Ahead of this evening’s first presidential debate, it’s worth examining what may happen on entitlement reform in a post-election environment. Politico had a piece last Friday examining what the President isn’t saying about Medicare:
[During debt ceiling negotiations in mid-2011,] Obama and his top aides made clear that they were willing to swallow serious changes to Medicare in exchange for deficit reduction….Obama, in an interview with [Bob] Woodward, acknowledged he was open to nudging reluctant liberals on Medicare and Social Security if Republicans were willing to deal on taxes. “’I am willing to move on entitlement reform — even if my own party is resisting, and I will bring them along — as long as we have significant revenues so that people feel like there’s a fairly shared burden when it comes to deficit reduction.’”
The Obama camp’s statements mislead on multiple fronts. First, President Obama is currently claiming on the campaign trail that his proposals “will save Medicare money by getting rid of wasteful spending in the health care system. Reforms that will not touch your Medicare benefits.” What President Obama is claiming – before the election – is that he fully intends to break his own campaign promise “not [to] touch your Medicare benefits” after the election – so long as Republicans agree to break their own campaign pledge and raise taxes on the American people. To say that is a cynical move – the antithesis of hope and change – is putting it mildly.
The second problem is that the President’s claim itself doesn’t withstand serious scrutiny, given his past track record. Take, for instance, his pledge to Congress in September 2009 that his health plan would “cost around $900 billion over ten years.” Here’s how that turned out:
- The final health care legislation as enacted spent $938 billion on insurance subsidies – more than the President’s $900 billion figure;
- The legislation also included a total of $144.2 billion in additional mandatory spending on programs other than insurance subsidies (e.g., closing the Medicare “doughnut hole,” prevention “slush fund,” etc.) – taking the measure’s mandatory spending to well above $1 trillion;
- The legislation included more than $100 billion in authorizations for domestic discretionary spending – figures revealed only after the legislation was signed into law; and
- Even the $1.2 trillion in combined mandatory and discretionary spending was an under-estimate of the law’s true 10-year fiscal impact, as the insurance expansions were delayed until 2014 in an attempt to make the bill seem less expensive than it really was. The Congressional Budget Office concluded in July that the $938 billion in insurance subsidy spending has nearly doubled, to $1.68 trillion, now that more years of subsidy spending are present in the 10-year budget window.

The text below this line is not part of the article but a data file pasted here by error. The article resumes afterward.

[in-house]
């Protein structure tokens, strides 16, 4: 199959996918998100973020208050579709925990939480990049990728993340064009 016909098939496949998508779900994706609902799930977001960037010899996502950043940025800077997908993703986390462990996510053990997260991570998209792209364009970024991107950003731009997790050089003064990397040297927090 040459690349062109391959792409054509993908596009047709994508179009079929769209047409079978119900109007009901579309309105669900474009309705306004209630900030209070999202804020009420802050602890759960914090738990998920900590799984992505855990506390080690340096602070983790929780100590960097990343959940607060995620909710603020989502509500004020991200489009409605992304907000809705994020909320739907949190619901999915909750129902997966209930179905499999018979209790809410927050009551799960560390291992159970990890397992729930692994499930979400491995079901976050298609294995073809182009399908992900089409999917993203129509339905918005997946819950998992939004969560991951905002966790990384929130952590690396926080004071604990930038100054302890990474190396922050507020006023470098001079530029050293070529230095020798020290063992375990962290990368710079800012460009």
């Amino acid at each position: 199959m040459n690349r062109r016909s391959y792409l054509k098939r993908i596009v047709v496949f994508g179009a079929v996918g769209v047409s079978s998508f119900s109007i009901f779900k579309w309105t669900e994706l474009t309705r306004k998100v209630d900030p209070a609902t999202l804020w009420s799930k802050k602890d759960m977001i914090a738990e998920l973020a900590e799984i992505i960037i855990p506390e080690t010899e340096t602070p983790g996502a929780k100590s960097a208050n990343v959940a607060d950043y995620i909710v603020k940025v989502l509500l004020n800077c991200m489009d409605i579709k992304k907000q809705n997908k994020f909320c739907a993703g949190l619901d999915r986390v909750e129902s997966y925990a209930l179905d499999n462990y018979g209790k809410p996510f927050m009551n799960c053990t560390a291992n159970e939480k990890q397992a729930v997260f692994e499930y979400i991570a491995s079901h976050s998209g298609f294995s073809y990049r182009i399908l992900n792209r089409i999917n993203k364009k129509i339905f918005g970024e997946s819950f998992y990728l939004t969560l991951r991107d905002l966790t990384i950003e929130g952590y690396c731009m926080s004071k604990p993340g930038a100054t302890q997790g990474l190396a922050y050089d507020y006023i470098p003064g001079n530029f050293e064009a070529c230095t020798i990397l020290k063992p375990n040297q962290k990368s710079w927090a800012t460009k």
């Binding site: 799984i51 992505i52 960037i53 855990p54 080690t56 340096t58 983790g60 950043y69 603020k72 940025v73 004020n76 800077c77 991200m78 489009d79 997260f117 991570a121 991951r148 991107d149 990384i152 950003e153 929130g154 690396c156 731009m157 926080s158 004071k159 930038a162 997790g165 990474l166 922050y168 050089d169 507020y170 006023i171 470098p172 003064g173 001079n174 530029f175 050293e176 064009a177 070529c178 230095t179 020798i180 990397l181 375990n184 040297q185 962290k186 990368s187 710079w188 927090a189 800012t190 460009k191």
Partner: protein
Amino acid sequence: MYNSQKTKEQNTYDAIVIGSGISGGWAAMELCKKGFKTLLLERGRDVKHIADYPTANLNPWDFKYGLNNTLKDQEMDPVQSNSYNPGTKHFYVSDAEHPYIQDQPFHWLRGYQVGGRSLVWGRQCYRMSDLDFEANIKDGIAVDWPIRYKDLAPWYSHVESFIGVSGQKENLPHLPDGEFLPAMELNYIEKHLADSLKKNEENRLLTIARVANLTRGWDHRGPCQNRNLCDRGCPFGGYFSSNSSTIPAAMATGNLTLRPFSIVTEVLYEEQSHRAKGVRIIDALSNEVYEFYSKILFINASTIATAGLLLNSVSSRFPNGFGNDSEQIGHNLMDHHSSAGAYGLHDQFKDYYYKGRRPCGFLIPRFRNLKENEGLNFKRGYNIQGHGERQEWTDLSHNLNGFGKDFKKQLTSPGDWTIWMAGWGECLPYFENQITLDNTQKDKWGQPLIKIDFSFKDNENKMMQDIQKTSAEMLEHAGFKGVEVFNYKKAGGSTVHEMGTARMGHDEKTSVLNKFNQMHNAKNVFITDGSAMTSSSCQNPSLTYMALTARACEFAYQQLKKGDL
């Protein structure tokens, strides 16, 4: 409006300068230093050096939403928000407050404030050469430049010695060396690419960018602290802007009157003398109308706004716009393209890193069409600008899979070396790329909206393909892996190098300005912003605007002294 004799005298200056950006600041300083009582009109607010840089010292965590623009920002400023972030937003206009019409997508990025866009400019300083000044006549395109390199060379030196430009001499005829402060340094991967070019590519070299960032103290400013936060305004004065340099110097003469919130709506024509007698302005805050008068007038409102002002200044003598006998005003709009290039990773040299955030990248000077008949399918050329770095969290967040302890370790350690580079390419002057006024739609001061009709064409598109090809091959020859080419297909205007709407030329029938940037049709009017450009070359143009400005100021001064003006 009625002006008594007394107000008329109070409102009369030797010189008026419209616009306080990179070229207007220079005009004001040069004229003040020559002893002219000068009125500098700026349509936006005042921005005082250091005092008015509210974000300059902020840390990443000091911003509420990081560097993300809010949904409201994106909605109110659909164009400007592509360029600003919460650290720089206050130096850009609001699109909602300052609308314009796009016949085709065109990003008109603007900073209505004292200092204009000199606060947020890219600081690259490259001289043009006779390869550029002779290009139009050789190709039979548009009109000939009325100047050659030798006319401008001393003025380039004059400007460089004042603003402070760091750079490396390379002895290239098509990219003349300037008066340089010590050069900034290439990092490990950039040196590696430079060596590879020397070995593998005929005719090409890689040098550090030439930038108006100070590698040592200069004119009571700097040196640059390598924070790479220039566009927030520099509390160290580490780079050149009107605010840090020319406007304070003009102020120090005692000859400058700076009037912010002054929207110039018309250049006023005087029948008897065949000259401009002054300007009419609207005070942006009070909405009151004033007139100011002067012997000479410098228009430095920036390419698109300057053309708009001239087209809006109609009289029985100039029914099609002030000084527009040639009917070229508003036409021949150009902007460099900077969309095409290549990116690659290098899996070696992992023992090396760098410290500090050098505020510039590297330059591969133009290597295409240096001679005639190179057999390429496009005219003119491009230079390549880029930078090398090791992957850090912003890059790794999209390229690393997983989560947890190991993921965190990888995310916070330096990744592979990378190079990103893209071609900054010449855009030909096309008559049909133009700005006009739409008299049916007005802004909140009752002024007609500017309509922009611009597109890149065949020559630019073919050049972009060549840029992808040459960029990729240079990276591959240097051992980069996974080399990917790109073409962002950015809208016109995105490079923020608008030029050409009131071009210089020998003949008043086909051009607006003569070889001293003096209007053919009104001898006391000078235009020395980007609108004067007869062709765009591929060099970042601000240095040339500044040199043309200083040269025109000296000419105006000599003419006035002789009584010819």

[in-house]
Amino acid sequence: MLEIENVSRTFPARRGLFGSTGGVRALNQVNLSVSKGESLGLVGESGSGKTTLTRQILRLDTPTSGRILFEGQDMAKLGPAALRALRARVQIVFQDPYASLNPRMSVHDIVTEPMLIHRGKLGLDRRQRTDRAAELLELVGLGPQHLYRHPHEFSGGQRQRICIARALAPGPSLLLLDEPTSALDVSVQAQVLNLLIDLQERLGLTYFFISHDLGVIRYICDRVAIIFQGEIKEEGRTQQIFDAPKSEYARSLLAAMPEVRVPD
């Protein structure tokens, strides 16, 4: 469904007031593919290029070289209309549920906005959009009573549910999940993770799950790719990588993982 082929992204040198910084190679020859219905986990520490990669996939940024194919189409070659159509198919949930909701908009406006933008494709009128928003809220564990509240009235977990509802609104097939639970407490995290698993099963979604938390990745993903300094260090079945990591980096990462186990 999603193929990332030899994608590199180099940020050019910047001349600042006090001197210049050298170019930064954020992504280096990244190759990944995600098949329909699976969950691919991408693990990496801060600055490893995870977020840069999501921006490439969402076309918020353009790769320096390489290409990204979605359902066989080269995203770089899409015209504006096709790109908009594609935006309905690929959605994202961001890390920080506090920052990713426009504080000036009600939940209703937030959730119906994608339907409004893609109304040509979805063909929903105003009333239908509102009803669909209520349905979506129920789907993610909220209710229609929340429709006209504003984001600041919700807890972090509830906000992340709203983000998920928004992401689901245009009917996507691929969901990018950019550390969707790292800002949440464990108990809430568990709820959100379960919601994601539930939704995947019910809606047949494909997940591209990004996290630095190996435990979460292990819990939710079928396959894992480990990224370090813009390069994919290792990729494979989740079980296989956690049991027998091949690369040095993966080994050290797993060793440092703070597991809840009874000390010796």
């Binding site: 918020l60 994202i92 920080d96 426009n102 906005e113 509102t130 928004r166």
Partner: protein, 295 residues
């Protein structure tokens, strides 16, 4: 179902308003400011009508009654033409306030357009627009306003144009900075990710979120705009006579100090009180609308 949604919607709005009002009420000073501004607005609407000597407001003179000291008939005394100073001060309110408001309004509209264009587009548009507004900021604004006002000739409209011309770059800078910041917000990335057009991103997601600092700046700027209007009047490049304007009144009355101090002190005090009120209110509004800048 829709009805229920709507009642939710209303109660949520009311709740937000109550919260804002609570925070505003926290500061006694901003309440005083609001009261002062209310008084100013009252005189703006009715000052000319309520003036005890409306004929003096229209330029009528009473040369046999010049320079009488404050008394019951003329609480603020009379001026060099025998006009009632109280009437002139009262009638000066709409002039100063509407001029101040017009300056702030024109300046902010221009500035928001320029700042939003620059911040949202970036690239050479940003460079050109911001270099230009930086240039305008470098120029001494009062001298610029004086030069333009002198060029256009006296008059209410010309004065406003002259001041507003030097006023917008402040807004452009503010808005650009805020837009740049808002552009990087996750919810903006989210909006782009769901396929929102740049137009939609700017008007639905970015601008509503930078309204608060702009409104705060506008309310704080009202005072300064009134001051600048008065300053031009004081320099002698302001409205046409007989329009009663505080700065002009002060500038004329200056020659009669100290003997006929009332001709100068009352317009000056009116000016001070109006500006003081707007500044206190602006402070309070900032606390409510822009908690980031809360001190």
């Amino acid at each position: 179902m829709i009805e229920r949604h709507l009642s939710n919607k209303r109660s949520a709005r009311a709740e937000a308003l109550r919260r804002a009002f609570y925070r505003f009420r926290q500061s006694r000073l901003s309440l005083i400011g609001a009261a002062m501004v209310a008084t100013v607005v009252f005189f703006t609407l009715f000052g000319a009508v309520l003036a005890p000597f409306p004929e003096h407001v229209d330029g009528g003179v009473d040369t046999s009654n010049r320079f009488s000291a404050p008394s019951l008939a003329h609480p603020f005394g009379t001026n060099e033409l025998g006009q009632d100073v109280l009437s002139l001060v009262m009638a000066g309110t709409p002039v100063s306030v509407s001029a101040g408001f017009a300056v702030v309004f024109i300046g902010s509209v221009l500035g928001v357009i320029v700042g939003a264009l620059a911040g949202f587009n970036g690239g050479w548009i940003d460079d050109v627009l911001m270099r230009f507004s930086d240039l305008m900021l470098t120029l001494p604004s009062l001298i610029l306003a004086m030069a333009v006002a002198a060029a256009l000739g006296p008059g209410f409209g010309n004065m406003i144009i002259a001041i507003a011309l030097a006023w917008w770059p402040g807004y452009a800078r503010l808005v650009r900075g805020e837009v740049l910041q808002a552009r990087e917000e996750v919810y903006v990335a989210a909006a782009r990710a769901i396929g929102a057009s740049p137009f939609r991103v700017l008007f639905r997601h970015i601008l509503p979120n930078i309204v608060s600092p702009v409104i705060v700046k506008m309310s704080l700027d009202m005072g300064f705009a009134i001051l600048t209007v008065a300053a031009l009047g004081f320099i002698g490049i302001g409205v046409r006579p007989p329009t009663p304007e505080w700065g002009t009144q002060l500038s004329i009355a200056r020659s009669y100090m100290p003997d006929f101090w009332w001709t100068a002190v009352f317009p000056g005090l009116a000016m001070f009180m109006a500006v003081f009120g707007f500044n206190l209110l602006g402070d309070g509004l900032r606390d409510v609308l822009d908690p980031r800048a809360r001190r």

So when all is said and done, and the gimmicks exposed, the plan President Obama claimed in 2009 would cost “only” $900 billion will in reality spend much more than that – a liberal, and recklessly irresponsible, record that would make many question Obama’s ability, and desire, to take on America’s unsustainable entitlements.
Even if the above fears are unfounded, and President Obama will finally put aside his liberal tendencies, the man who claims that “even if my own party is resisting” entitlement reform, “I will bring them along” appears to be vastly over-estimating his ability to influence the “professional left.” According to Bob Woodward, Speaker Nancy Pelosi hit the mute button on President Obama during negotiations on the “stimulus” in 2009. That might be a nice way to avoid listening to someone who has described himself as “long-winded” – but it doesn’t speak well to the President’s ability to influence his own party.
To sum up: President Obama wants Republicans to break their campaign promises after the election – which his advisers already claim he fully plans on doing himself – so that they can negotiate with someone whose health care bill cost twice what he promised, and whose own party’s leaders have tuned him out. Somewhere, P.T. Barnum must be smiling.